Not many movie sequels or remakes are better than the original. However, just like the snowballing Harry Potter franchise, DeltaV seems to get better, richer and more sophisticated with practice, use and understanding.
So even though PlantWeb Theater long has been famous for staging excellent shows about how Emerson Process Management's technologies work together, those events were pretty much just rehearsals for this year's premier event. The theater is located at the front of the exhibit hall during Emerson Global Users Exchange this week at the Gaylord Palms resort and convention center in Orlando, Fla.
The biggest headliner at PlantWeb Theater this week is undoubtedly the new DeltaV S-series. This latest and greatest version of DeltaV includes high-integrity, low-fail-rate controllers and cards in a distributed modular architecture with distributed logic solving. They are joined by DeltaV's new Integrated Redundant and Wireless components, as well as its existing DeltaV Safety Integrity System (SIS). This integrated quartet is completed by Emerson's CSi 6500 machinery health monitors.
"One key development on display at PlantWeb Theater is the integration of CSi 6500 machine protection and prediction capabilities with DeltaV's process controls and process safety controls," said Emerson's Doug Morris. "Previously, these devices and systems were all treated separately and had separate displays and other segregated functions. Integrating CSi 6500 into DeltaV enables us to have better visuals, as well as alarms that can travel through regular control systems."
Morris added that these new levels of integration are the result of Emerson's intensified concentration on human-centered design principles. For example, DeltaV S-series features "I/O on Demand" that provides fieldbus, wireless and electronic marshalling functions, but then allows users to decide how and to what degree they want to apply those functions.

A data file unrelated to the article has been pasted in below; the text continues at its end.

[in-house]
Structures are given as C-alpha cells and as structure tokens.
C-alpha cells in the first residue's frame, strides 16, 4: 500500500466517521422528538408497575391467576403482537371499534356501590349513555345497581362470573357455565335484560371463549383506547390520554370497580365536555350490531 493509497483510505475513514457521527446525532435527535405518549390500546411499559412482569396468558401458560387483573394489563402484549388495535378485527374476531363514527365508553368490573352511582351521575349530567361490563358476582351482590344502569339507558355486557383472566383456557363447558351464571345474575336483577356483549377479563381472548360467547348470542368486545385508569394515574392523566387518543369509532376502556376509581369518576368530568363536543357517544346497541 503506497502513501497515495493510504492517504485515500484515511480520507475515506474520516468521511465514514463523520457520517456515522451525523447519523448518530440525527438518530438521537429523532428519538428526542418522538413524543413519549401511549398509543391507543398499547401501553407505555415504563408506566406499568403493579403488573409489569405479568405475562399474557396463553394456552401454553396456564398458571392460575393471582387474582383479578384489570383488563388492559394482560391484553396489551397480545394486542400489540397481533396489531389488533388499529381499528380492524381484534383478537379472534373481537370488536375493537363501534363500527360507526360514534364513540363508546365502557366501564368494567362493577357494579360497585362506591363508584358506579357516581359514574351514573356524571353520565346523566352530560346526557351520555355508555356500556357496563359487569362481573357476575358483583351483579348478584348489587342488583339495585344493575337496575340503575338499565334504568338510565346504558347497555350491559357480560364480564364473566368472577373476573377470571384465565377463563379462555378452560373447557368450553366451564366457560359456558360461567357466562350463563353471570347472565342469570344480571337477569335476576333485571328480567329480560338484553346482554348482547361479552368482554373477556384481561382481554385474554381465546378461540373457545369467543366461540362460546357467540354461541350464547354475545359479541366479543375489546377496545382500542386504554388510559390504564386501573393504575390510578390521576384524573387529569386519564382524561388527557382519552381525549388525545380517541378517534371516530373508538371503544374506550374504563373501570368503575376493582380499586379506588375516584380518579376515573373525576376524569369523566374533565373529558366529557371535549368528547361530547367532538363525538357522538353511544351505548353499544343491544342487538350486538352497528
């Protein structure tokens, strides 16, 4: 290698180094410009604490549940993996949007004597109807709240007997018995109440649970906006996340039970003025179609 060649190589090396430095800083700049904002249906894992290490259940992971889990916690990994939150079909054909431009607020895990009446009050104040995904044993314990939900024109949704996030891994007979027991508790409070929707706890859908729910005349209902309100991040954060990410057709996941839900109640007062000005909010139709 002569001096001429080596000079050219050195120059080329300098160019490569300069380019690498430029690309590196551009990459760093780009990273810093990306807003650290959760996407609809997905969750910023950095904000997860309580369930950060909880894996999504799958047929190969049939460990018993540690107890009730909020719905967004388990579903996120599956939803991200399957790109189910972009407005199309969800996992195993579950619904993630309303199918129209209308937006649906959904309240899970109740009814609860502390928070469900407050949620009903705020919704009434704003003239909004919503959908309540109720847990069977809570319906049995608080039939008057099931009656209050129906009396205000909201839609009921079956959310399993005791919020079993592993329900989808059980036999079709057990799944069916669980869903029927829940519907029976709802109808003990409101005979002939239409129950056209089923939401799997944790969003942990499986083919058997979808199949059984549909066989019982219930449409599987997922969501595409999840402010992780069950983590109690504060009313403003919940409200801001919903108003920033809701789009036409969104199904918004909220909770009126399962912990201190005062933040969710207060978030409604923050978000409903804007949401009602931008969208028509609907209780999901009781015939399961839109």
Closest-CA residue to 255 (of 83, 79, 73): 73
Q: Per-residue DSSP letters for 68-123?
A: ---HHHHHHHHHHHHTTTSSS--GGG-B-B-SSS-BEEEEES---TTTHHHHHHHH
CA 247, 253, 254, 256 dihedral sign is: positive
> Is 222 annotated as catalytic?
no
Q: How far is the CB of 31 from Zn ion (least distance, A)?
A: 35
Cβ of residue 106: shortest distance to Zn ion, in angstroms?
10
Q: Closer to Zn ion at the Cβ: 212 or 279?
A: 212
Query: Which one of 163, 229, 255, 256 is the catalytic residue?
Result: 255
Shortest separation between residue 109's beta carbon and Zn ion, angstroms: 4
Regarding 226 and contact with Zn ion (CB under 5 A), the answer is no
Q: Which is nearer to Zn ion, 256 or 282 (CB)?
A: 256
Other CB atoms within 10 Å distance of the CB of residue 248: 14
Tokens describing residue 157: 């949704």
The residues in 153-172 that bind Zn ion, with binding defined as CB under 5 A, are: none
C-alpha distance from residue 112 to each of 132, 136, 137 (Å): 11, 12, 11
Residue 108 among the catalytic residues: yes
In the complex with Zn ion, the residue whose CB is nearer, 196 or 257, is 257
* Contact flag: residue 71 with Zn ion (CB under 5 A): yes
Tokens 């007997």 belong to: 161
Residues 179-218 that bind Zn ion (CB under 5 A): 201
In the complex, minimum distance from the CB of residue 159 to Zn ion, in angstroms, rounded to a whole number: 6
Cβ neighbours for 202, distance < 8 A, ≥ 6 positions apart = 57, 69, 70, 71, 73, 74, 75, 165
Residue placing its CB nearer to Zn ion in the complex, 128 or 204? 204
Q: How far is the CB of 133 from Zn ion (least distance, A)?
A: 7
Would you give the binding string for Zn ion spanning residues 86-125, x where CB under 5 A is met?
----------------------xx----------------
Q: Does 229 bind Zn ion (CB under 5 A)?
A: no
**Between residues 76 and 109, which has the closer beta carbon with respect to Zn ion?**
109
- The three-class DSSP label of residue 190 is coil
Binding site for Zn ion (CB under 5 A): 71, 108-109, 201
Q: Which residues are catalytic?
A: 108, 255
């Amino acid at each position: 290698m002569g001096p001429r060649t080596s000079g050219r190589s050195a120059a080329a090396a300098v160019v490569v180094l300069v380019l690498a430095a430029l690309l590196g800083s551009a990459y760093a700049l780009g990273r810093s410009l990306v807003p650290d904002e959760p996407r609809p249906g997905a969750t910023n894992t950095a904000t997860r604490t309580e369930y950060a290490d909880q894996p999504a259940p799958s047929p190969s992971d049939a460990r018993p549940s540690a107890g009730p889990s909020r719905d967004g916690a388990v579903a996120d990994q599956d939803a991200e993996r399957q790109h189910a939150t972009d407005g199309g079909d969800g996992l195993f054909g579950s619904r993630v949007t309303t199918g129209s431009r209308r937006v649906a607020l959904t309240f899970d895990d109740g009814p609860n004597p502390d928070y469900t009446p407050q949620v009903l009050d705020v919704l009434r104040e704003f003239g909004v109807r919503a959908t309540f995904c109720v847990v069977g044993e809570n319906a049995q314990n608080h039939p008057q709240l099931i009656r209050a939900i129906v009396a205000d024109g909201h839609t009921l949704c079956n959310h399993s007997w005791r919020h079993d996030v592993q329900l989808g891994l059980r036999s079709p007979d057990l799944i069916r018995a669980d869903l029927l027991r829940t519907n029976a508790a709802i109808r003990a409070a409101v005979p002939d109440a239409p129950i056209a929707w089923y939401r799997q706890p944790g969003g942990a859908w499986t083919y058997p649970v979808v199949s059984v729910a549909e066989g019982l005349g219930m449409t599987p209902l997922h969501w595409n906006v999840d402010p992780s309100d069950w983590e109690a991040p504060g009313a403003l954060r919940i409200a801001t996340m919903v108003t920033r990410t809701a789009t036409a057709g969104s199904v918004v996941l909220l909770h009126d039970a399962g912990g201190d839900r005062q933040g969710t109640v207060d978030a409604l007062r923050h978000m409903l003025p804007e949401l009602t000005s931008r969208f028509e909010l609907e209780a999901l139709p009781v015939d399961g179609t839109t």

"We're also showing new user interfaces, which include a new color-scale graphics approach," said Morris. "These interfaces use color sparingly, so when changes or events occur, they can then draw the user's attention to what's important. They're designed based on EEMUA standards, which help the interfaces better describe problems, show users how to fix them and then show consequences."
Likewise, PlantWeb Theater features human-centered Device Dashboards, which consist of intuitive graphical screens that base their displays on how their users do their jobs. "The old way was that screens showed all the information possible, but now we're prioritizing, removing complexity and helping users focus on their most performed tasks."
Last, but not certainly not least, PlantWeb Theater is showing Emerson's new electronic marshalling strategy for eliminating steps needed to bring signals and wiring from the field and then tie them in to I/O devices and controllers. "This new marshalling strategy lands one set of wires, immediately characterizes their signals as analog or digital I/O points and then delivers them to the controller via a fiberoptics line," explained Morris. "This eliminates a lot of the wiring and connections needed in the past. Our new Characterization Module (CHARM) cards also allow users to better accommodate changes in their projects because now they can add, move or change I/O just by snapping the right CHARM card into place."
No horror stories, only happy endings this week at the PlantWeb Theater.